Delta Air Lines workers demand a stop to union busting

A Delta Air Lines Airbus A330 after takeoff.
Pieter van Marion from Netherlands, CC BY-SA 2.0, via Wikimedia Commons

In a show of solidarity and determination, Delta Air Lines workers and their allies in the labor movement recently gathered at the Minneapolis-St. Paul International Airport. Their purpose was to call for an end to the airline’s aggressive anti-union campaign.

This rally took place amidst an ongoing organizing drive where up to 45,000 employees of the carrier are actively seeking to join unions.

An assertion of rights

The different groups within Delta’s workforce are coming together to assert their rights. Mechanics and related workers are organizing to join the International Brotherhood of Teamsters.

Ramp, cargo, and tower workers are seeking representation with the International Association of Machinists and Aerospace Workers (IAM).

Additionally, Delta flight attendants are working towards forming a union with the Association of Flight Attendants (AFA-CWA). Despite their efforts, a recent proposal that would have required the company to remain neutral during the union organizing process was rejected by Delta shareholders.

The Teamsters General President, Sean M. O’Brien, expressed disappointment over the resistance to unionization, stating, “Apparently, some of them don’t want this airline to go union. That’s too bad because it’s going union anyways.”

Sara Nelson, president of the Association of Flight Attendants-CWA, emphasized the determination of the Delta workers, saying, “Minneapolis is a union town! Delta Flight Attendants, fleet service, and mechanics are organizing to join their unions.”


“The workers at Delta won’t let the corporate leaders who come and go with their millions define who the airline really is. The workers are organizing to make sure their airline operates with open arms to the world and respect for everyone in it.”

The right to join a union

IAM Air Transport Territory General Vice President Richie Johnsen also voiced support for unionization, highlighting the workers’ desire for a voice in the workplace.

“Delta workers in Minneapolis and across the country have made it clear: they want to join a union and have a voice in the workplace,” he stated.

“The choice to unionize is with Delta’s hard-working employees as they deserve the protections that come with a strong union contract. The IAM, Teamsters, and AFA-CWA urge Delta to stop their union-busting tactics and put people over profits.”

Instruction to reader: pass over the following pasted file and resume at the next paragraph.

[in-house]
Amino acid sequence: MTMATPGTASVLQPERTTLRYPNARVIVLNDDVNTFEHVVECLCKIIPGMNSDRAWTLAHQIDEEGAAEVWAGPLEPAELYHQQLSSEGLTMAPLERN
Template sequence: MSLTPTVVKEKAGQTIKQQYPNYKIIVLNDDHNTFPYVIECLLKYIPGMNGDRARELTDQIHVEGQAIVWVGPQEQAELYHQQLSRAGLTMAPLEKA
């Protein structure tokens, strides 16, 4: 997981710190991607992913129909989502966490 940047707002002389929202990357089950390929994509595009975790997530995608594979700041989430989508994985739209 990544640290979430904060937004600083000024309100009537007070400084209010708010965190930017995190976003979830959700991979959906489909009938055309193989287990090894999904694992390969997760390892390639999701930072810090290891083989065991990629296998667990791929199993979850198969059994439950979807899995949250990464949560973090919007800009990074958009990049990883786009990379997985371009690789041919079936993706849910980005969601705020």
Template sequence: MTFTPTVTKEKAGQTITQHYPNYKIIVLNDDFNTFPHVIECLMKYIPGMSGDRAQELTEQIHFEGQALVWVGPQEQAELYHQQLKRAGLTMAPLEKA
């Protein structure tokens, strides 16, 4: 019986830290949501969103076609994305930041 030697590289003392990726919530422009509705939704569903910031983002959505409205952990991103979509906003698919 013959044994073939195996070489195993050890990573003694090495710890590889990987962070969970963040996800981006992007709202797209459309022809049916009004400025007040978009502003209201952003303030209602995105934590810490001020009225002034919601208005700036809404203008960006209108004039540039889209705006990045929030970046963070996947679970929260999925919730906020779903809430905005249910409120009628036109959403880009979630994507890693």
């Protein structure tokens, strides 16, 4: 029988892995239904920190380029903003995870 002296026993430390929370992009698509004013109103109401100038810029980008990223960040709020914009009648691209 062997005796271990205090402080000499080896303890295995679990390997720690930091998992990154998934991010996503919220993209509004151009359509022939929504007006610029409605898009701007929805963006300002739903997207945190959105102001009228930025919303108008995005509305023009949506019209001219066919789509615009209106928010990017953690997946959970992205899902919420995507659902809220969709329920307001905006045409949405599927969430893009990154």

One Delta ramp worker, Dan McCurdy, shared his perspective on the situation, stating, “Delta keeps posting significant profits quarter after quarter while turning to old-school union-busting. Delta workers deserve a seat at the table to enjoy the fruits of their labor.”

The right to seek union representation is protected by federal law, and any attempts to interfere with this right were strongly condemned.

Joe Ferreira, Teamsters Airline Division Director, expressed his frustration for those who impede the workers’ pursuit of unionization, saying:

“Anyone at Delta Air Lines who is trying to interfere with the federally protected right to seek union representation – a right that people fought for and died for – should be ashamed of themselves.”

Delta announced record profits

Ironically, just a day before the rally, it was reported that Delta Air Lines achieved record-breaking profitability in the second quarter of FY2023. The company generated over $1 billion in revenue after accounting for operating costs.

The workers and their supporters argue that these profits should be shared with the technicians, flight attendants, pilots, ramp agents, and other employees who contribute to the carrier’s success, instead of being directed towards Wall Street.


Delta Air Lines management has taken a strong stance against union activities. Employees have faced threats of termination, and the company continues to maintain an anti-union website and distribute literature that intimidates workers seeking to organize.

In the past, Delta spent approximately $38 million to oppose a flight attendant union campaign in 2010. These anti-union actions have not only strained employee relations but also caused damage to the brand.

Notably, the media extensively covered a 2019 anti-union flier distributed by Delta, which controversially suggested that employees should spend their money on video games instead of union dues.

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By Len Varley - Assistant Editor 5 Min Read
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